Neither the 340 (unsurprising) or 777 (surprising) is mentioned
how could the 777 which has no commonality to existing aircraft be suprising and a plane which has complete engine crew and airframe commonality with the fleet be unsuprising . Was it something to do with runway length at DUB.
range considerations make it impossible to equip them with PTVs
EIRules From Ireland, joined Aug 2007, 641 posts, RR: 10 Reply 6, posted (8 years 11 months 3 weeks 1 day 2 hours ago) and read 5180 times:
For me it has to be Boeing, though this may not be what most people think. Obviously Aer Lingus are looking to expand into US, with MIA and SFO the two most obvious locations. Beyond that a number of Asian destinations have been mentioned from Hong Kong to Singapore to Dubai. I reckon that Hong Kong is most likely given the presence of Cathay Pacific so they can give more connections. The A330s they have could fly this route but if they were to go for Singapore then they would have to go for an aircraft with a greater range and I believe that Boeing may have the upper hand.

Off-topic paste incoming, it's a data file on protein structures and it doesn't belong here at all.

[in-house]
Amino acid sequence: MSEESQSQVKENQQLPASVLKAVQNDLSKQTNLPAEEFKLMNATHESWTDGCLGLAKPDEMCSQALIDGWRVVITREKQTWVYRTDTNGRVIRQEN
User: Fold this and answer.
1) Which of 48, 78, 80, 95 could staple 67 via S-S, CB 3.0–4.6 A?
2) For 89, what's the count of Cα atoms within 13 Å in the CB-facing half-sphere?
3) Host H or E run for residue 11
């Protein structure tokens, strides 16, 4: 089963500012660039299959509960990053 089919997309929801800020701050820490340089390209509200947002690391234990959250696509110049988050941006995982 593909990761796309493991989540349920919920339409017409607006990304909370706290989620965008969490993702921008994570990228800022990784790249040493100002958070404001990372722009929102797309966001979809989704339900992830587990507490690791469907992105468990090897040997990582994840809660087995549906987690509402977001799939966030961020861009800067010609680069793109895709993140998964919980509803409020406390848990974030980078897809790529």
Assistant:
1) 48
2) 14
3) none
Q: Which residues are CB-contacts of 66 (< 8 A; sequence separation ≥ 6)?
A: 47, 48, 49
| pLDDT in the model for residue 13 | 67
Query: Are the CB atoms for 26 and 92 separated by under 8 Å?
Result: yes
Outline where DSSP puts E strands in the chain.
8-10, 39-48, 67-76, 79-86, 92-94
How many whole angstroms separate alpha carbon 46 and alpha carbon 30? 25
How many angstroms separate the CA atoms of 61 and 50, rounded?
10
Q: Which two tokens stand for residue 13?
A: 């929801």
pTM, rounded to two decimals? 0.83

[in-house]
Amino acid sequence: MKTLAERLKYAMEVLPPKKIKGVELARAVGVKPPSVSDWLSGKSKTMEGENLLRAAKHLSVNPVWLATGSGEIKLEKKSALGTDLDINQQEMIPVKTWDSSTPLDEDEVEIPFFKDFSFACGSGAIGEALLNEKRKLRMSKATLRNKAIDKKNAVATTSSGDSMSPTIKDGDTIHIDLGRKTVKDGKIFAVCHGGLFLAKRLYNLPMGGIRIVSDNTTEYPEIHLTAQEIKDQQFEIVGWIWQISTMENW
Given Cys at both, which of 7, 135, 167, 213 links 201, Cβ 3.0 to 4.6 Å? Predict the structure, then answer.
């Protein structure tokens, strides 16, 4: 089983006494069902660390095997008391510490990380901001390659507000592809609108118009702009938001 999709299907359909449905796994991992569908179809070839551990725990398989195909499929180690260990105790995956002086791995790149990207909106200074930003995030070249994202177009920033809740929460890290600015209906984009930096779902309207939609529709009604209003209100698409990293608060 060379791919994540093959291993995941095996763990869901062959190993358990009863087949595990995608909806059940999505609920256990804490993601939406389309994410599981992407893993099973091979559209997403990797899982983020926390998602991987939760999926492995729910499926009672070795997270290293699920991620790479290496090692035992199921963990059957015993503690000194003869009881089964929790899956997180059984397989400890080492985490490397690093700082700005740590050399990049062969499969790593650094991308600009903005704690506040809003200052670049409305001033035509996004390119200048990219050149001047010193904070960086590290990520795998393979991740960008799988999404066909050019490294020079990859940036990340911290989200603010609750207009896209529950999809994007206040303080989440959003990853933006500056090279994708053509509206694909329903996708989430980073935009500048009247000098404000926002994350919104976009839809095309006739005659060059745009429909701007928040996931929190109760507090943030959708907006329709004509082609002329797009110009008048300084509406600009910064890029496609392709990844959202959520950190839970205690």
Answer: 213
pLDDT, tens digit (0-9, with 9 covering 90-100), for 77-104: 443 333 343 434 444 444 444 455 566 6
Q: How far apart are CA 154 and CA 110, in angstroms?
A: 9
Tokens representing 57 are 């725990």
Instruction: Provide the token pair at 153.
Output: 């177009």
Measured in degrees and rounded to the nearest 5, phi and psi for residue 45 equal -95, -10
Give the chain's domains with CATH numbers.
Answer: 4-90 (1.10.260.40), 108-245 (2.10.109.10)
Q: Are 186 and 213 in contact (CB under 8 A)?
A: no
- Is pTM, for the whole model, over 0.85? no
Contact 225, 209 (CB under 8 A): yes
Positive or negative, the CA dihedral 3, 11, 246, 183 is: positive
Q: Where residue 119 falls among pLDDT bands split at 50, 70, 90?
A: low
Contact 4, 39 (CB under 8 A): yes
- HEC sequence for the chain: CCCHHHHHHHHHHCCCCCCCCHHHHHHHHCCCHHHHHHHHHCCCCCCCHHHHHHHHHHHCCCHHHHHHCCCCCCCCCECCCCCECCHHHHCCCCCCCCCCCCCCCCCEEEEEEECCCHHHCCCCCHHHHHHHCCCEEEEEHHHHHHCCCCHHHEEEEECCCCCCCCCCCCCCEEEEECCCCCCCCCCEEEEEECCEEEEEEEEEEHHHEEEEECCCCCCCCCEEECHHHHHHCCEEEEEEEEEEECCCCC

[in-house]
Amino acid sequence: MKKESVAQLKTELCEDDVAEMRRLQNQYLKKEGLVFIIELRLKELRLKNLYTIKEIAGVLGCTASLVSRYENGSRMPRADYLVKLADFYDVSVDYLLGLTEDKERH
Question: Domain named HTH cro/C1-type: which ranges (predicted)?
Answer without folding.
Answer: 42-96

Would it also be cynical for me to say that George Bush would be more likely to push through the new open skies deal if there was something more in it for the US economy, such as $2b for Boeing!!!
Next Flights: EI DUB-LHR A320, BA LHR-SFO B744, UA SFO-LAS A320, BA LAS-LHR B744, EI LHR-DUB A320
DfwRevolution From , joined Dec 1969, posts, RR: Reply 7, posted (8 years 11 months 3 weeks 1 day 2 hours ago) and read 5134 times:
how could the 777 which has no commonality to existing aircraft be suprising and a plane which has complete engine crew and airframe commonality with the fleet be unsuprising
That's exactly what I was thinking... I was suprised the A340 was not mentioned, and unsuprised when the 777 was not mentioned...
Would it also be cynical for me to say that George Bush would be more likely to push through the new open skies deal if there was something more in it for the US economy, such as $2b for Boeing!!!
Seeing that George W. Bush has virtually no influence or power in this decision, or the fact that the U.S. has never traded Boeing purchases for landing rights, I'd say the chances of that happening are zilch.